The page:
It is not a pleasant place to be.
Peaches have such a great reputation, too: “Peaches ‘n Cream”, “Life is just peachy”, “Life is just a bowl of peaches” (oh wait, that’s cherries).
I do like peaches, I really do. I have memories of squatting by the kiddie pool at our Maytown house, biting into the fuzzy fruit, juice dripping down my chin, elbows, knees (we were by the kiddie pool for a reason). Peach jam, peach tart with mounds of whipped cream, canned peaches spooned over granola, homemade vanilla ice cream with frozen, mashed, sugared peaches—it’s all very good. But that’s just the eating part. Putting them up is a different story.
Peaches have a nasty tradition of confounding me. First of all, it can be tricky to get the peaches to surrender up their pits. The peaches have to be perfectly ripened and not at all mushy. (If they are still green, I have to stab the peach with my knife, and, using all the strength that I can muster up in my fingers and wrists, attempt to pry the rock-hard, woody, rough pit out of the peach. I often end up bruising my knuckles on the pit or on the sides of the kitchen sink because my hands spastically fly apart when the pit finally does fall free. Then I come very close to screaming curses. If the peaches are at all mushy, then I just have a bunch of mush, which, while not very appealing, has the ability to be jammed.)
Second, peaches have the ability to rot quickly. This is something I still have not learned, though you’d think I’d have learned my lesson after the Peach Disaster of 2001 (or was is 2002?). That year, Mr. Handsome and I put up a pile of peaches, to the tune of about 50 quarts. This was also the year that my generous mother-in-law gave us the outdoor cookstove from Lehman’s Hardware. The stove had two, very powerful burners and we zipped along cheerily, turning out dozens of jars filled with golden peach slices. But, over the course of the next several days, our jars of peaches began to unseal. Pop. Pop. Pop. We were stunned and dismayed. We put the jars in the fridge, planning to re-can them, but it didn’t happen because when we opened the lids and took a sniff, we realized the peaches were already rotting. We dumped them down the garbage disposal, instead—glub, glub, glub—about 40 quarts of peaches slithering down the drain.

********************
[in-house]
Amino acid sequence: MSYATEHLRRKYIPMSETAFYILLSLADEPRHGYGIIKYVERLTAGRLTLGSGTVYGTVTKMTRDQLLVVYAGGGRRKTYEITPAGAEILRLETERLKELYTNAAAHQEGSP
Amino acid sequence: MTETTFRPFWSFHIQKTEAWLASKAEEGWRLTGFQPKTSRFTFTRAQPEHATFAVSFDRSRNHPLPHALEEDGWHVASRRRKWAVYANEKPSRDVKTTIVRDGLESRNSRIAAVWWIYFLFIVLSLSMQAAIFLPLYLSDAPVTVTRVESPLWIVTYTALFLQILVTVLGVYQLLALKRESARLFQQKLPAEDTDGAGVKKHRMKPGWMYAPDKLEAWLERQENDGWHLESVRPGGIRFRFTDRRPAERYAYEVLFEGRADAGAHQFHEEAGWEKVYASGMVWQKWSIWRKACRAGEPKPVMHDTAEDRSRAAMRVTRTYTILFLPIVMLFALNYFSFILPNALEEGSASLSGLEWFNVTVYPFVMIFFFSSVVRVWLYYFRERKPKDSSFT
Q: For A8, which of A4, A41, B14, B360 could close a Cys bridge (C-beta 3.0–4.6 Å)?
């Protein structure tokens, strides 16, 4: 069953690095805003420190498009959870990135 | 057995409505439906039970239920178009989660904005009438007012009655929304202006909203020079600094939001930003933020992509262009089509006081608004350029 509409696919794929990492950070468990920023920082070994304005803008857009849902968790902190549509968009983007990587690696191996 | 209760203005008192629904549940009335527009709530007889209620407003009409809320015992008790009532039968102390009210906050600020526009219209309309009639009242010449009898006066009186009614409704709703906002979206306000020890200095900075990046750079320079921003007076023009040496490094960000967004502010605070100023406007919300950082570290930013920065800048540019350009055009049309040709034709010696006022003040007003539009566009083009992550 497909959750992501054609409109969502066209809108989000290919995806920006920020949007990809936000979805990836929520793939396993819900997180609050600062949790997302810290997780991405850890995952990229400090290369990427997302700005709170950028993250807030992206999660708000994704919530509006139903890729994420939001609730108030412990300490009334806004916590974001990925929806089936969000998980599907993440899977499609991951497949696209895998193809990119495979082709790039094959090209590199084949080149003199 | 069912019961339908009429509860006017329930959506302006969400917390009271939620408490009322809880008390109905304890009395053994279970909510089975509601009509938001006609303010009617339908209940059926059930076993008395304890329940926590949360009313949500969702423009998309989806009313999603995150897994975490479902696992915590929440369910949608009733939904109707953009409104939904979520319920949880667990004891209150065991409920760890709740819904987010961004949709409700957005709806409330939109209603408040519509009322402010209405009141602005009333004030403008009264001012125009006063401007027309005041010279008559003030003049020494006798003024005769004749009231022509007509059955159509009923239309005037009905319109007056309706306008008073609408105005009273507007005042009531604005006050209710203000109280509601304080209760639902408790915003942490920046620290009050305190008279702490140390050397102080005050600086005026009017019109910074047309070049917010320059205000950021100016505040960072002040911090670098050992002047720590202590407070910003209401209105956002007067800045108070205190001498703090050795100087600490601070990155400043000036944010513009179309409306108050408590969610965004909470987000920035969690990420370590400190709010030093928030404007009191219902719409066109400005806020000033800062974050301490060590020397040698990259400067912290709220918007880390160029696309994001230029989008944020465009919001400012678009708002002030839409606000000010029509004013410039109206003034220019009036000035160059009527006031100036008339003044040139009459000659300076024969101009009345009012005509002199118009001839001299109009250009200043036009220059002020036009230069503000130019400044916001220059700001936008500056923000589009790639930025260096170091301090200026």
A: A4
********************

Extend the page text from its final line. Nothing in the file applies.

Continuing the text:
Talk about depressing.
(The reason for the unsealing was that the heavy-duty cookstove heated up the canner water extremely quickly, but the jarred peaches didn’t heat up as fast, so the fruit never reached the proper temperature. We still use the cookstove, but we can over medium heat, and then leave the fruit in the canner for a few extra minutes, just to be sure.)
What happened this morning isn’t nearly as bad, but it still made me fume. Last night I washed, peeled, and sliced up a big bowl of beautiful peaches (no bruised knuckles that time) and put the slices on the dehydrator trays. I ran the dehydrator (another gift from my generous mother-in-law) for several hours, but I turned it off before I went to bed because the dehydrator is quite powerful (I think there may be a connection between my mother-in-law and powerful presents) and I didn’t want the peaches to be cornflakes come morning. However, when I came down this morning and turned the dehydrator back on, I got a nauseating wiff of rotten peaches. So the chickens got the peaches, instead. In retrospect, cornflake peaches would’ve been just fine.
I have more peaches to do up, and I plan on buying some more bushels over the next several weeks, so I suppose the good news is that I will have lots of chances to work out the kinks and get really good at preserving peaches sans rotting. I hope I remember everything I learn by next August when it comes time to sink into the sink with the peach pits yet again (that didn’t really make sense, but I like how it sounded).
Life will be peachy… once all the peaches are canned.